An Economist Identified the Corporate Behavior That Led to Our Staggering Inequality

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This post first appeared at Capital & Main.

Traders work from handheld computers as they review stock information at the New York Stock Exchange during early trading, Monday, Dec. 15, 2014, in New York. U.S. stocks opened broadly higher Monday following the biggest weekly losses in two and a half years. (AP Photo/Bebeto Matthews)

Traders at the New York Stock Exchange on December 15, 2014. (AP Photo/Bebeto Matthews)

There are many gauges of the depth and breadth of economic inequality, and they often measure what middle-income working people have today against what they had prior to 1980 – that time when homes were affordable, along with doctor visits and college educations. Yet few of the astonishing charts and metrics that have captured this widening gulf explain how it all came about. So when economist William Lazonick pointed a finger at a very specific aspect of corporate behavior, people took note.

In a September 2014 Harvard Business Review article, Lazonick, a University of Massachusetts at Lowell professor, declared that much of the trouble began when corporate America decided to stop funding research and development (which introduces new products, expands the manufacturing base and creates more jobs), and instead concentrate its efforts towards increasing profits through stock buy-back schemes.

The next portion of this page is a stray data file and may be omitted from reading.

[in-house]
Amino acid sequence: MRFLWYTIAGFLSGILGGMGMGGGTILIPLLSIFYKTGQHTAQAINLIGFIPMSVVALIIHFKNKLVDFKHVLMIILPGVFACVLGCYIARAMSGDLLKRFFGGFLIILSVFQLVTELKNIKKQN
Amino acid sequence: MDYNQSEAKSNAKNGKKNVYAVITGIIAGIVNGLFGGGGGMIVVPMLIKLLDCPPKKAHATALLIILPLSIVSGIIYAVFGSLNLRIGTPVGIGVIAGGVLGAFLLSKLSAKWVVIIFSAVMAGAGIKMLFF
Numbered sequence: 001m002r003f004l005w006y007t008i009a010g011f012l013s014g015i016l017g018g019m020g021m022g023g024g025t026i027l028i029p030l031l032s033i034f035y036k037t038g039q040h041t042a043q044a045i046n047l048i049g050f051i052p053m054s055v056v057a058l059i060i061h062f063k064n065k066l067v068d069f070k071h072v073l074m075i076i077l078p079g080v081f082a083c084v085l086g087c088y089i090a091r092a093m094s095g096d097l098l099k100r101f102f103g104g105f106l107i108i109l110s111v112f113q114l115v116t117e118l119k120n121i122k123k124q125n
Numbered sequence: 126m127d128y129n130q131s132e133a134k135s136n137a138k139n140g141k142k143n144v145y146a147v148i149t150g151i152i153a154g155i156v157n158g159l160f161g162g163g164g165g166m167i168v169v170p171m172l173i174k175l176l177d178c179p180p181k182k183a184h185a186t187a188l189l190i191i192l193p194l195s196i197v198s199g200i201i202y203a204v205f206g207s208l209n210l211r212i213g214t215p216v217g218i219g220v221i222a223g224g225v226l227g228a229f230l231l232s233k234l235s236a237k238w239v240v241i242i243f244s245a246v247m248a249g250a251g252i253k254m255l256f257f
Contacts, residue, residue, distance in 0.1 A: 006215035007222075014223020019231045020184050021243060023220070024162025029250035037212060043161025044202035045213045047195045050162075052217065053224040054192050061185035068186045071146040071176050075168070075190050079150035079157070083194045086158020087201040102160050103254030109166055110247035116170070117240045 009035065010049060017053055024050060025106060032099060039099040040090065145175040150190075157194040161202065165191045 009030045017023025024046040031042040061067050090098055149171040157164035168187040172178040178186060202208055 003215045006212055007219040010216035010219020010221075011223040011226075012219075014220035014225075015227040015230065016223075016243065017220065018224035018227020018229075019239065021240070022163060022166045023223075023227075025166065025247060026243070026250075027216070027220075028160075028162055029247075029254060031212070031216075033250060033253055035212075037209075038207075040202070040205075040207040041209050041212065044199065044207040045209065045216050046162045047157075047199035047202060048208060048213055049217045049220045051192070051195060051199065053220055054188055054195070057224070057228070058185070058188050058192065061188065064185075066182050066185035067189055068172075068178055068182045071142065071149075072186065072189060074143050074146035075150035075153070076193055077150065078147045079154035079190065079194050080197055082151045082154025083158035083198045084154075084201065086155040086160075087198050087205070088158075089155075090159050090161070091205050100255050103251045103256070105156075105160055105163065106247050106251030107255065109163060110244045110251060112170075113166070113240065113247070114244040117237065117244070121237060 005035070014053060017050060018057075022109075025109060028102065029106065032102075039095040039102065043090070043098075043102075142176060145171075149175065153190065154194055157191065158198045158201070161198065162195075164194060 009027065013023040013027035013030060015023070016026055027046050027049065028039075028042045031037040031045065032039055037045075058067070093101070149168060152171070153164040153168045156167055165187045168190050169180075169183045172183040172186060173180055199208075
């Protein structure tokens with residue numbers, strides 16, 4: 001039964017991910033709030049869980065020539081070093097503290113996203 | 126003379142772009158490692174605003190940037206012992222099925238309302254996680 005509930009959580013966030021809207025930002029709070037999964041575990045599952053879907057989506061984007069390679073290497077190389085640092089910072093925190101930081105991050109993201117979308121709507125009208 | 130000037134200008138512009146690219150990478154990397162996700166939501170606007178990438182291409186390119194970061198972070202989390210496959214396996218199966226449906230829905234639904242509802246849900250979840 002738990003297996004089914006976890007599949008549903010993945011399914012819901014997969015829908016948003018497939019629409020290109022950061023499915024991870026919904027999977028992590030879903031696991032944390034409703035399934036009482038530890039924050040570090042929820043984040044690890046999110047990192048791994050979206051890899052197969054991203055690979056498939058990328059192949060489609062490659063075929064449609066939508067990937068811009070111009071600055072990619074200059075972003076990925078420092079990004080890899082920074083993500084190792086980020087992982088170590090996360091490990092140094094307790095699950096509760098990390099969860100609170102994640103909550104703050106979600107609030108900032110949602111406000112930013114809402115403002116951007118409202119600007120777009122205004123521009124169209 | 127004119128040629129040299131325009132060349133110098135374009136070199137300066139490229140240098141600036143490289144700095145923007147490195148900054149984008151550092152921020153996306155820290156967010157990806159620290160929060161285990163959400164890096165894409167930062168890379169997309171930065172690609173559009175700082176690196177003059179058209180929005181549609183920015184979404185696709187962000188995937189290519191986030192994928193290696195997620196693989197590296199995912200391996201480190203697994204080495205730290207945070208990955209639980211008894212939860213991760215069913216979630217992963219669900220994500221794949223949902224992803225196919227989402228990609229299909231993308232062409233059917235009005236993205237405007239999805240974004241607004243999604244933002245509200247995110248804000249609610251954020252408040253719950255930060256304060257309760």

“Five years after the official end of the Great Recession, corporate profits are high, and the stock market is booming,” wrote Lazonick. “Yet most Americans are not sharing in the recovery.”

Lazonick identified the top 10 stock repurchasers nationally from 2003-2012. The list included Exxon Mobil, Microsoft, IBM and Wal-Mart as well as four companies headquartered in California’s Silicon Valley – Cisco Systems, Hewlett-Packard, Intel and Oracle.

There was more:

While the top 0.1 percent of income recipients – which include most of the highest-ranking corporate executives – reap almost all the income gains, good jobs keep disappearing, and new employment opportunities tend to be insecure and underpaid. Corporate profitability is not translating into widespread prosperity.

This news was a thunderbolt, prompting The Washington Post’s Harold Meyerson to proclaim that Lazonick’s article did “nothing less than decode the Rosetta Stone of America’s economic decline.”

“His research is fantastic,” software entrepreneur and philanthropist Stephen Silberstein told Capital & Main in an interview this week. Silberstein has worked with California lawmakers on drafting legislation to combat economic inequality in the state. “It’s really eye-opening. I had no idea of what’s going on until I read his article.”

Indeed, the trend continues to snowball, Lazonick told Capital & Main last year. “Stock buybacks have become a bigger and bigger part of the way companies allocate resources,” he said. “Trillions of dollars that could have been spent on innovation and job creation over the past three decades have instead been used to buy back shares for what is effectively stock price manipulation”